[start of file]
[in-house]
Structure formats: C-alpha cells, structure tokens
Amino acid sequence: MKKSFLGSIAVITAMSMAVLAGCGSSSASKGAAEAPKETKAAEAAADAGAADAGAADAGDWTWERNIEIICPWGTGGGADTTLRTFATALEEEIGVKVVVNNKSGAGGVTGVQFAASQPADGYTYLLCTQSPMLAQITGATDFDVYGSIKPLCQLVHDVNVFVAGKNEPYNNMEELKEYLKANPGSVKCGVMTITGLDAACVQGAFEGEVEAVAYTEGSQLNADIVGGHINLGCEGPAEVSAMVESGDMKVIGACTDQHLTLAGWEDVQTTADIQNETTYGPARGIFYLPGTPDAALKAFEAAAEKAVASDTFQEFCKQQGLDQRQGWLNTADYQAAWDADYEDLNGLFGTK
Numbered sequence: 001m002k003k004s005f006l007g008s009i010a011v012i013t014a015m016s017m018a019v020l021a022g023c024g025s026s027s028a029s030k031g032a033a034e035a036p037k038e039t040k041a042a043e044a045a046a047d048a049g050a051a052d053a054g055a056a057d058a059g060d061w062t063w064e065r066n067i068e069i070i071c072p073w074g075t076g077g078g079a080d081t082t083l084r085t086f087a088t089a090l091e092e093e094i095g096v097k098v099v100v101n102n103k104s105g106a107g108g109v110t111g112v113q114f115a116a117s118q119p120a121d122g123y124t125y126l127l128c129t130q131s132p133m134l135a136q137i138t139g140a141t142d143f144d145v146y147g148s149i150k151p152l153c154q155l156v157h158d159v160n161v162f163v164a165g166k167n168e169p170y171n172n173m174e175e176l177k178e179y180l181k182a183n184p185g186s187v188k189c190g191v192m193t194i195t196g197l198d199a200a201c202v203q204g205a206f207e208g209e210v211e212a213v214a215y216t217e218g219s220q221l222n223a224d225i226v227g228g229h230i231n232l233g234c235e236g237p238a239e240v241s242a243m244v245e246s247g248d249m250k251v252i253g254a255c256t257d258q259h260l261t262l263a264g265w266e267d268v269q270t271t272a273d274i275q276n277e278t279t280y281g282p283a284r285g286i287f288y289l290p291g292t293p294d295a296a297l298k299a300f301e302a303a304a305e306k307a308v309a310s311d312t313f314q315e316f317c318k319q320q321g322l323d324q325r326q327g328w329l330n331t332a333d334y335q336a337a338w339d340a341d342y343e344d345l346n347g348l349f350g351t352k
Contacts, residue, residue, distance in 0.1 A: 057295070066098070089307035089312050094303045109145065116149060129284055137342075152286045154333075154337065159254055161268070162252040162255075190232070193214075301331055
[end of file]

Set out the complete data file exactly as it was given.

[in-house]
Structure formats: C-alpha cells, structure tokens
Amino acid sequence: MKKSFLGSIAVITAMSMAVLAGCGSSSASKGAAEAPKETKAAEAAADAGAADAGAADAGDWTWERNIEIICPWGTGGGADTTLRTFATALEEEIGVKVVVNNKSGAGGVTGVQFAASQPADGYTYLLCTQSPMLAQITGATDFDVYGSIKPLCQLVHDVNVFVAGKNEPYNNMEELKEYLKANPGSVKCGVMTITGLDAACVQGAFEGEVEAVAYTEGSQLNADIVGGHINLGCEGPAEVSAMVESGDMKVIGACTDQHLTLAGWEDVQTTADIQNETTYGPARGIFYLPGTPDAALKAFEAAAEKAVASDTFQEFCKQQGLDQRQGWLNTADYQAAWDADYEDLNGLFGTK
Numbered sequence: 001m002k003k004s005f006l007g008s009i010a011v012i013t014a015m016s017m018a019v020l021a022g023c024g025s026s027s028a029s030k031g032a033a034e035a036p037k038e039t040k041a042a043e044a045a046a047d048a049g050a051a052d053a054g055a056a057d058a059g060d061w062t063w064e065r066n067i068e069i070i071c072p073w074g075t076g077g078g079a080d081t082t083l084r085t086f087a088t089a090l091e092e093e094i095g096v097k098v099v100v101n102n103k104s105g106a107g108g109v110t111g112v113q114f115a116a117s118q119p120a121d122g123y124t125y126l127l128c129t130q131s132p133m134l135a136q137i138t139g140a141t142d143f144d145v146y147g148s149i150k151p152l153c154q155l156v157h158d159v160n161v162f163v164a165g166k167n168e169p170y171n172n173m174e175e176l177k178e179y180l181k182a183n184p185g186s187v188k189c190g191v192m193t194i195t196g197l198d199a200a201c202v203q204g205a206f207e208g209e210v211e212a213v214a215y216t217e218g219s220q221l222n223a224d225i226v227g228g229h230i231n232l233g234c235e236g237p238a239e240v241s242a243m244v245e246s247g248d249m250k251v252i253g254a255c256t257d258q259h260l261t262l263a264g265w266e267d268v269q270t271t272a273d274i275q276n277e278t279t280y281g282p283a284r285g286i287f288y289l290p291g292t293p294d295a296a297l298k299a300f301e302a303a304a305e306k307a308v309a310s311d312t313f314q315e316f317c318k319q320q321g322l323d324q325r326q327g328w329l330n331t332a333d334y335q336a337a338w339d340a341d342y343e344d345l346n347g348l349f350g351t352k
Contacts, residue, residue, distance in 0.1 A: 057295070066098070089307035089312050094303045109145065116149060129284055137342075152286045154333075154337065159254055161268070162252040162255075190232070193214075301331055